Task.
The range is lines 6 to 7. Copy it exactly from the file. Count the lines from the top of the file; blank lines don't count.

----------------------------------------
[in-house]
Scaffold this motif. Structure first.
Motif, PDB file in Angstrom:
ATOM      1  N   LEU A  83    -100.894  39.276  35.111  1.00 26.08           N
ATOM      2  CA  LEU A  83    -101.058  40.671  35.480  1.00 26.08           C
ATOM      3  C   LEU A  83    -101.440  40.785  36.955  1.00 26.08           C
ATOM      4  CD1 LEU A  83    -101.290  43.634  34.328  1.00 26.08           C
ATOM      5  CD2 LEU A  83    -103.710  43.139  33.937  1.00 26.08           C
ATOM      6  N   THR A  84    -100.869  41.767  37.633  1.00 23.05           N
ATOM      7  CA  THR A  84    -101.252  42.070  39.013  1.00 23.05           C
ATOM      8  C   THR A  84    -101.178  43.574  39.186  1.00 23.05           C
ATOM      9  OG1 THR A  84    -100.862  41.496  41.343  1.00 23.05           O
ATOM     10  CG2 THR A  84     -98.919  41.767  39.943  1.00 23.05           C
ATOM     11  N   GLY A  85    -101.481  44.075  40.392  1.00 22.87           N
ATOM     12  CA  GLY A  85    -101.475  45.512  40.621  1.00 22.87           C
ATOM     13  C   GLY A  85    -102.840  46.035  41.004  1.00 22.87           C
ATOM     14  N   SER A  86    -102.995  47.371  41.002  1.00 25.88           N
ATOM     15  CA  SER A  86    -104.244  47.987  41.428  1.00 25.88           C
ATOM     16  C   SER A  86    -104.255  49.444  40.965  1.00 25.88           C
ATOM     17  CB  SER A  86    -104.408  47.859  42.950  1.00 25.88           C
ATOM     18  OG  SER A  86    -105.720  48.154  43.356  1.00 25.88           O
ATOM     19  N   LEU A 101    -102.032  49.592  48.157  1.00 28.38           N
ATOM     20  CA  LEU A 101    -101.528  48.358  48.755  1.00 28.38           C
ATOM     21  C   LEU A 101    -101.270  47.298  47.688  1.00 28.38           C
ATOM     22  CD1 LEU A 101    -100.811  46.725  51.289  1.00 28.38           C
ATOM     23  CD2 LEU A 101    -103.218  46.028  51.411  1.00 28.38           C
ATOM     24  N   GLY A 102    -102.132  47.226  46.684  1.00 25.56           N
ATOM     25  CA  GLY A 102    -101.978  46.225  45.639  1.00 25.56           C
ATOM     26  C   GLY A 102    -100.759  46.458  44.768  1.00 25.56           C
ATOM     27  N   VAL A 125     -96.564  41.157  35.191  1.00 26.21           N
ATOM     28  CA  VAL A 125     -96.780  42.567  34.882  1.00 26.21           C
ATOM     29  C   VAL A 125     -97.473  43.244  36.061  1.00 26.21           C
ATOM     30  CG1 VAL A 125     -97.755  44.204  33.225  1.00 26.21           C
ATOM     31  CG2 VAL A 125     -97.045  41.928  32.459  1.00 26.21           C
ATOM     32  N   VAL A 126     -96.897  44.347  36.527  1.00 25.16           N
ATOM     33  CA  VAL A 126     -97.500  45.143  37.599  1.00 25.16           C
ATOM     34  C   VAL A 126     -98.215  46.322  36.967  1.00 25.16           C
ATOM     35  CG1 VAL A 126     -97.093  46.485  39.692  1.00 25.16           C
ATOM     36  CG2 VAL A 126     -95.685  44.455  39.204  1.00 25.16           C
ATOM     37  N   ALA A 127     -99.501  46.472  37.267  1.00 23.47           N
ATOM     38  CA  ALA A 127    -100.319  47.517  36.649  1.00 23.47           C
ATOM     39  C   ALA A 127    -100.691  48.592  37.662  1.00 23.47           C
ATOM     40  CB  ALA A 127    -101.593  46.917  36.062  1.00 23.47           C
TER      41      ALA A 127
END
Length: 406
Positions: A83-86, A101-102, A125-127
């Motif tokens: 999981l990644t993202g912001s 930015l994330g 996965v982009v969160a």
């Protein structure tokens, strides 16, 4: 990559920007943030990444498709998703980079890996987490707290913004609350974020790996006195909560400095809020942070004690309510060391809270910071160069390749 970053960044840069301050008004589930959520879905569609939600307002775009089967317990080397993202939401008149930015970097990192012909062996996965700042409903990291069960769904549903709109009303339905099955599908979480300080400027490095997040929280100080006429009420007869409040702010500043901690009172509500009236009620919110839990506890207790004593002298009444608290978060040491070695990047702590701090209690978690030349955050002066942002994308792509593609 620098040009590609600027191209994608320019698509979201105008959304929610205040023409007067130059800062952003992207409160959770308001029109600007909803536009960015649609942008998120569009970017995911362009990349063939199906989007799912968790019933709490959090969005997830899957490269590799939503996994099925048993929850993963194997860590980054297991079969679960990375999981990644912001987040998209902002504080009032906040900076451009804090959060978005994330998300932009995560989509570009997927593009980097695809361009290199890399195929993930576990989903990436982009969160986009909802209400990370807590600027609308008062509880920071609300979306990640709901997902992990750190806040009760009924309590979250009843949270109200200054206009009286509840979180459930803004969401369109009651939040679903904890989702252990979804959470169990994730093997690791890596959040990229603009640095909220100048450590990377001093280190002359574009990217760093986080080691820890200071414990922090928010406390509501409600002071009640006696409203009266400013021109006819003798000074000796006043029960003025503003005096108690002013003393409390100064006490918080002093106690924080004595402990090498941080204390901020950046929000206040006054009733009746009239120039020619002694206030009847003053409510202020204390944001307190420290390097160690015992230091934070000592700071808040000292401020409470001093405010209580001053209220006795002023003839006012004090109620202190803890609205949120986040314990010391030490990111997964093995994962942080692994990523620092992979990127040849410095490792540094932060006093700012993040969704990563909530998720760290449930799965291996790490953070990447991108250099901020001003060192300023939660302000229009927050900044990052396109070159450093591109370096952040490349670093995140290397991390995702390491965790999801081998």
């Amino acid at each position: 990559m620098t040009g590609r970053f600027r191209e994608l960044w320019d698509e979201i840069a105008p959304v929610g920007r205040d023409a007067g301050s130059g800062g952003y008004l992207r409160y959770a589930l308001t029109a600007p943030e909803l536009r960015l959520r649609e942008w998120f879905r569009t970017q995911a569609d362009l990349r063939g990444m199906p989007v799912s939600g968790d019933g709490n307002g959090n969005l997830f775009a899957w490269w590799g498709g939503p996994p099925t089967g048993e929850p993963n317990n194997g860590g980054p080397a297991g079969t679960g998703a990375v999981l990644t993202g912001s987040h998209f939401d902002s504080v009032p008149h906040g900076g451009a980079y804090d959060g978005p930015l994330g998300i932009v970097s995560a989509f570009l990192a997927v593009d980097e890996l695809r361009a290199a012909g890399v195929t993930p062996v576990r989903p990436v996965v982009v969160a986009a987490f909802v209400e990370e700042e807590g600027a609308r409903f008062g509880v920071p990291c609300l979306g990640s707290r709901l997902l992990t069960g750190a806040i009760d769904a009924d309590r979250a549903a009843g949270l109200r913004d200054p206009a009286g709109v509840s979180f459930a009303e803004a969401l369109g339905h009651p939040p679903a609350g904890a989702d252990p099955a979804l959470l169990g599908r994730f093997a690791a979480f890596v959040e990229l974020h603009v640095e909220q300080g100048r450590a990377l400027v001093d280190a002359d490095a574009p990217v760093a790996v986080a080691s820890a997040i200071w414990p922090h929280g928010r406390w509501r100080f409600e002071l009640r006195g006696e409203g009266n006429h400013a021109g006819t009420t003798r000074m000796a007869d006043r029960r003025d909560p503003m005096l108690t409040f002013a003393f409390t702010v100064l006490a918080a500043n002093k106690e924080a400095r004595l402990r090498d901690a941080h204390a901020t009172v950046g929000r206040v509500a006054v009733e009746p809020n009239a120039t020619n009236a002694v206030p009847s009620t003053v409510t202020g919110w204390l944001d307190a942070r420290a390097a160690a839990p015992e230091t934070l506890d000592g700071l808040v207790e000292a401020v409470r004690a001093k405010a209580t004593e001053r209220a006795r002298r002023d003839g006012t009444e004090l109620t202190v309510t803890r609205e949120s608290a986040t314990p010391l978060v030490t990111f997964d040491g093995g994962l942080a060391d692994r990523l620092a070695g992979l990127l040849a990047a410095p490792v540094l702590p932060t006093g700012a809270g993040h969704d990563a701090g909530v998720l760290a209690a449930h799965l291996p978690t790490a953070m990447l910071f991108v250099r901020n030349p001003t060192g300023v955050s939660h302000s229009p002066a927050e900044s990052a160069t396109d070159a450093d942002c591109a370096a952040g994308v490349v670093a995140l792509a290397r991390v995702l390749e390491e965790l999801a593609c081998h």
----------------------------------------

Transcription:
ATOM      3  C   LEU A  83    -101.440  40.785  36.955  1.00 26.08           C
ATOM      4  CD1 LEU A  83    -101.290  43.634  34.328  1.00 26.08           C